But when I ask her if she considers herself an activist, she says no.
“When I think of the word activist, I think of people who are more outspoken than I am. I do my thing on my website, and people can come watch it if they want to.”
Which is not to say that the forward girl at Hard French doesn’t think she’s affecting change. Says the princess: “I’m just happy that I can help people be honest about what they want in bed.”
DEVIANTS: OFFICIAL FOLSOM STREET FAIR CLOSING PARTY
A man dressed in suit and tie walks into a conference room. A woman stands up to shake to his hand, followed by another man who unbuttons his jacket and outstretches his hand. You anxiously await the stereotypical bow-chika-wow-wow music to signal a wild menage a trios but instead, actual business is conducted. As easy as it is to imagine the inter-workings of the online adult entertainment industry as a porn itself, the reality involves a lot more clothing and a lot of legit, business-type activities. This week’s 15th annual YNOT Summit 2011 is the proof that will eventually become your pudding.
The YNOT Summit began in 1997 as the Cybernet Expo and has since become the longest-running adult industry gathering for professionals to hang-out, swap ideas, teach, and learn about running successful erotic web companies. The event is the physical representation of YNOT, an adult webmaster resource site that provides industry news and directories, basically a Better Business Bureau for online sex. About 400 adult industry professionals from around the country have registered for this year’s three consecutive days of 10 a.m. to 6 p.m. classes. It’s a full-on school day covering all the general subjects, business models, legalities and international market basics, with a couple recess-like networking opportunities, including a game of Two Truths and a Lie and an interactive photo-shoot.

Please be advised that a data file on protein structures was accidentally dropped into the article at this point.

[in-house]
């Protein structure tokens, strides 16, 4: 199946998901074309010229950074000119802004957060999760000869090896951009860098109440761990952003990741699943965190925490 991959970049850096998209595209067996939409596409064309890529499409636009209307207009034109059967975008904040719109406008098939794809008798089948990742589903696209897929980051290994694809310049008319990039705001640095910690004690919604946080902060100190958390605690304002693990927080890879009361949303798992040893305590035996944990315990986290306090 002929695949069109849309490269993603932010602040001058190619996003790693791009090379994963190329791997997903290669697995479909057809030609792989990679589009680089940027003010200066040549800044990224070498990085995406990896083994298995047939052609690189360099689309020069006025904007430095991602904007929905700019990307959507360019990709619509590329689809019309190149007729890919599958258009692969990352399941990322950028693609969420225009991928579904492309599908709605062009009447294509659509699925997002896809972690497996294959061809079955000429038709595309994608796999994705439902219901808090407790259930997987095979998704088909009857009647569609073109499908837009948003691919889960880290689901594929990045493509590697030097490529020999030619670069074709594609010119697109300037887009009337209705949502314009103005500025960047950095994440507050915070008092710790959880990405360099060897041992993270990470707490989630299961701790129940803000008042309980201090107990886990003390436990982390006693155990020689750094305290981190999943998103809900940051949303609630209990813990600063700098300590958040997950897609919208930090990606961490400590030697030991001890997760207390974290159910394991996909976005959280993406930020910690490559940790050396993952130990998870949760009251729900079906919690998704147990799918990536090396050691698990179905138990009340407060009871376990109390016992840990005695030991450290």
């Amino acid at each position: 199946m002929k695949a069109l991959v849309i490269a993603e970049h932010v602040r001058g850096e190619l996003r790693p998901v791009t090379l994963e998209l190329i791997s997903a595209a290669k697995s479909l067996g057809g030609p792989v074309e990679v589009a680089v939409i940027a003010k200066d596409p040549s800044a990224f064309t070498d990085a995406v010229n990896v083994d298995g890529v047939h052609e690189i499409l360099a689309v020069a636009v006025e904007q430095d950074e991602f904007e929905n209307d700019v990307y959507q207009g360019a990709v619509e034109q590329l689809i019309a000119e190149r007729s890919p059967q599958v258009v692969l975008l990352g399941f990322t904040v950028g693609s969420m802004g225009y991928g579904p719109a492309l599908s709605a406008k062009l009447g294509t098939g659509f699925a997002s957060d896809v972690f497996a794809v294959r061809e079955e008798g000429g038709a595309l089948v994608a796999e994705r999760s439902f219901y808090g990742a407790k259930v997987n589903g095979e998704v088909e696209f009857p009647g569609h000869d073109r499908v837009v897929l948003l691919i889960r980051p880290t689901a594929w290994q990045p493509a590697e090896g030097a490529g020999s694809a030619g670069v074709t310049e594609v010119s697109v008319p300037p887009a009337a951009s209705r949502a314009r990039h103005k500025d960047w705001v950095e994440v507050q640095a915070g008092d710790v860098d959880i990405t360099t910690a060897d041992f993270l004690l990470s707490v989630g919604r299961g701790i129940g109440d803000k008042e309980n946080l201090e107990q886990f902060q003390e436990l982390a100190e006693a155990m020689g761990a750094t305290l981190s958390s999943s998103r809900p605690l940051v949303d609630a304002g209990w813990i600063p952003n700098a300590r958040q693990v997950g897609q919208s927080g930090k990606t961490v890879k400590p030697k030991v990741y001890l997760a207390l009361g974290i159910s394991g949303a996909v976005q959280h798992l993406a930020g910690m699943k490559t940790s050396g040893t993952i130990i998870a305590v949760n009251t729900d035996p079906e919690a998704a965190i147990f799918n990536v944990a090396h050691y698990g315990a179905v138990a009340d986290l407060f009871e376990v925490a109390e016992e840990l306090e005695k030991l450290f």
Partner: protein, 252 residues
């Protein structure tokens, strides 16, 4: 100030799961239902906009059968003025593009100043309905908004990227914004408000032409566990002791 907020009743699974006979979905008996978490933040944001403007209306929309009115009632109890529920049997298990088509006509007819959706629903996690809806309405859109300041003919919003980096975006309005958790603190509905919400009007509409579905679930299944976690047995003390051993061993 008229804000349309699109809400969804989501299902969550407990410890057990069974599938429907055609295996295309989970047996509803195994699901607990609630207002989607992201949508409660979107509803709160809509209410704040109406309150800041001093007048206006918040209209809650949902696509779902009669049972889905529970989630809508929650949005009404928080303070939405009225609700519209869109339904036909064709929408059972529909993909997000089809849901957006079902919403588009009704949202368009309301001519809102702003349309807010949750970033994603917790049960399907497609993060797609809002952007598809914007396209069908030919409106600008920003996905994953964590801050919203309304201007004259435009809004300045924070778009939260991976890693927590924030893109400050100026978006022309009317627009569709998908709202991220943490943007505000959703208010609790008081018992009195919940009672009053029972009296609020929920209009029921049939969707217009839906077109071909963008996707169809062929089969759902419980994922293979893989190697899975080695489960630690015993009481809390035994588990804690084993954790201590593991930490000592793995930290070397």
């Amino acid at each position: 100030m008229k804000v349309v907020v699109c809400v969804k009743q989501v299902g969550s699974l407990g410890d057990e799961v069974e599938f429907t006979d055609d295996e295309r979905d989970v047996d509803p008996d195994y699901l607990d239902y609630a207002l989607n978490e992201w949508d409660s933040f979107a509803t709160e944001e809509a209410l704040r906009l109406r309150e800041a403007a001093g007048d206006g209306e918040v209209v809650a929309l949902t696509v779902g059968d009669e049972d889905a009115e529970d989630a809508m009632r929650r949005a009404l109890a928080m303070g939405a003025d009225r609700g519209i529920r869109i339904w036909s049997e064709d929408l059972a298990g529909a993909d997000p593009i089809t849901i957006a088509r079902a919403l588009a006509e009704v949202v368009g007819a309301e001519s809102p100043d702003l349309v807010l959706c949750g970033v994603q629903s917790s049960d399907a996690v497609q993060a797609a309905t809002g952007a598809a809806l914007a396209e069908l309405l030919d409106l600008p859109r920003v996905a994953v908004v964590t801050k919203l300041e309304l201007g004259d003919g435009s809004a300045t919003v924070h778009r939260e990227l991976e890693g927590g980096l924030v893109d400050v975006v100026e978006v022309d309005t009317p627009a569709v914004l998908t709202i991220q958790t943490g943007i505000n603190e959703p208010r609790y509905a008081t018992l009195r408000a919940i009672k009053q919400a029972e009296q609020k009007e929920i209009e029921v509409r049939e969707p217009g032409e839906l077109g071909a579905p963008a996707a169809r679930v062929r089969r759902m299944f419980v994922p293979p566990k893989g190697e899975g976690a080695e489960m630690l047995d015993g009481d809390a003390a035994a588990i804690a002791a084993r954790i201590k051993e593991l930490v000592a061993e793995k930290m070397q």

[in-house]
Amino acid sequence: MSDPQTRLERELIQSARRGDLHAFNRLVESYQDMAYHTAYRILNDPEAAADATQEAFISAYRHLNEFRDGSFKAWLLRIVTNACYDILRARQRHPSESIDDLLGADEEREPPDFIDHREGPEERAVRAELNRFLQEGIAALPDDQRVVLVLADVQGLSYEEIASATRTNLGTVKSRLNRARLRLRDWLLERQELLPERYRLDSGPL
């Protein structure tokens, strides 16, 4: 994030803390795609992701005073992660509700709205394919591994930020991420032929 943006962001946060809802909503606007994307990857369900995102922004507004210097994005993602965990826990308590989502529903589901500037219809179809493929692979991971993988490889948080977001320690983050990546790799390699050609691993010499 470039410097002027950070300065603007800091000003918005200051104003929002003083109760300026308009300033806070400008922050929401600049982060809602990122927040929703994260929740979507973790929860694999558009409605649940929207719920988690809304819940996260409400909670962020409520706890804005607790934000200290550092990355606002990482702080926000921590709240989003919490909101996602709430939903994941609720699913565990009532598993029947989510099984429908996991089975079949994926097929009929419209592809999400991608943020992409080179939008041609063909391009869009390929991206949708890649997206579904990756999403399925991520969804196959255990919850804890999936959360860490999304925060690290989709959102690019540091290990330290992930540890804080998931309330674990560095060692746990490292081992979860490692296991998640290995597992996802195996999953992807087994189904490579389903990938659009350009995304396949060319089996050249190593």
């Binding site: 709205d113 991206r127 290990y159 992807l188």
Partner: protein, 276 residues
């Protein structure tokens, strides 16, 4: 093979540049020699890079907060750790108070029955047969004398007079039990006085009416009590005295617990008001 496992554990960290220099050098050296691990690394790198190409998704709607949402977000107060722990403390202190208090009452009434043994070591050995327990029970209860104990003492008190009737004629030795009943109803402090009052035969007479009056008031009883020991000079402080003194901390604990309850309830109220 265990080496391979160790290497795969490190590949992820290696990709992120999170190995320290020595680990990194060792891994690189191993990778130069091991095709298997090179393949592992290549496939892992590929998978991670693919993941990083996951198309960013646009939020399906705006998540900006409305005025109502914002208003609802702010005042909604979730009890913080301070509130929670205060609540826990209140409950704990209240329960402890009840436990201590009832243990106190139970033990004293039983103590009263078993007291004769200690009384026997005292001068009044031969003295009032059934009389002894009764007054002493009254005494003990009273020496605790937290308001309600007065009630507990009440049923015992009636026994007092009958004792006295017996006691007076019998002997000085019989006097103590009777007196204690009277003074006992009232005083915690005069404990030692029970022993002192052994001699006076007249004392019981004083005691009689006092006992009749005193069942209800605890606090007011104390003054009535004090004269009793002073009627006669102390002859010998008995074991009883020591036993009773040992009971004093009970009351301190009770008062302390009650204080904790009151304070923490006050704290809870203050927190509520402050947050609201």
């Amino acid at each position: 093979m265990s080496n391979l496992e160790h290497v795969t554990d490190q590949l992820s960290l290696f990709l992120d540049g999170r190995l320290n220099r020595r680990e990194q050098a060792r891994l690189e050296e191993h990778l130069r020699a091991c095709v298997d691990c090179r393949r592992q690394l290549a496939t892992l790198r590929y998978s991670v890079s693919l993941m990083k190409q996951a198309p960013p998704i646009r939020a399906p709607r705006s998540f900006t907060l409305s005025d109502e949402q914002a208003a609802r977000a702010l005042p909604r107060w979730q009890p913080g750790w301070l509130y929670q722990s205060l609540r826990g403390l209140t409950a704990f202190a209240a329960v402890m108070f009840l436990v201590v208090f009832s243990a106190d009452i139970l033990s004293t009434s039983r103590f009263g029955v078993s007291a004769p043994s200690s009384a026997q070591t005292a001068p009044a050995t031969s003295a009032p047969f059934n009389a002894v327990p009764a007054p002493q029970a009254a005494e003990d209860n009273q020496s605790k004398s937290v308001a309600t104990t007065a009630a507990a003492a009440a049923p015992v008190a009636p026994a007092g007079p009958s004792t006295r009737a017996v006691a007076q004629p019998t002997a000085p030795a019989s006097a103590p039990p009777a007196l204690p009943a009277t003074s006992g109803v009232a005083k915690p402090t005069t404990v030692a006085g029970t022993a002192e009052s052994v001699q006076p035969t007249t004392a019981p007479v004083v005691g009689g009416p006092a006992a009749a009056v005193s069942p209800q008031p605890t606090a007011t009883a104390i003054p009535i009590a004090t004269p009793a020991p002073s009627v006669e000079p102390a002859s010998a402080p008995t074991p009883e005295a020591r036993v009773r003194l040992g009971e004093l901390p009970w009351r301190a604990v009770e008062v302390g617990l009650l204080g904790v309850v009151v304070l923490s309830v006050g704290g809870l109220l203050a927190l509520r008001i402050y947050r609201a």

This year’s hottest session will no doubt be the “Pros and Cons of .XXX Domain Names”; an industry-wide debate over the new voluntary option for sex sites to take on the .xxx domain, which officially premiered this spring. Jay Kopita, the Summit’s director of operations, expects things could get a little hostile, as most industry folks disagree with the system and think it’s simply a disguised measure for governing bodies to collect some cash and increase censorship. Supporters of .xxx claim it’s all about protecting the children– no surprise there. A member of the ICM Registry, the Florida based company who runs all .xxx operations, will be on the discussion panel to answer questions and to tackle the loads of criticism.
Not just any conference– check those banners!
The rest of the conference should be pretty predictable and Kopita says the event aims to keep things as professional as possible during the day.
“It’s not about going out and partying all the time. I mean, that happens anyway when you bring together a bunch of adult industry professionals, but the daily actives of the Summit are for people who are looking for a return on their investments,” he says. “These are people who want to learn how to make money from the adult business.”
The group is encouraged to get it all out after hours: each night the Summit throws an exclusive party for attendees. Saturday night’s play time is “Kink at the Castle”– a sure to-be exciting evening running around the Armory with Kink.com. Work hard, play hard.
YNOT SUMMIT 2011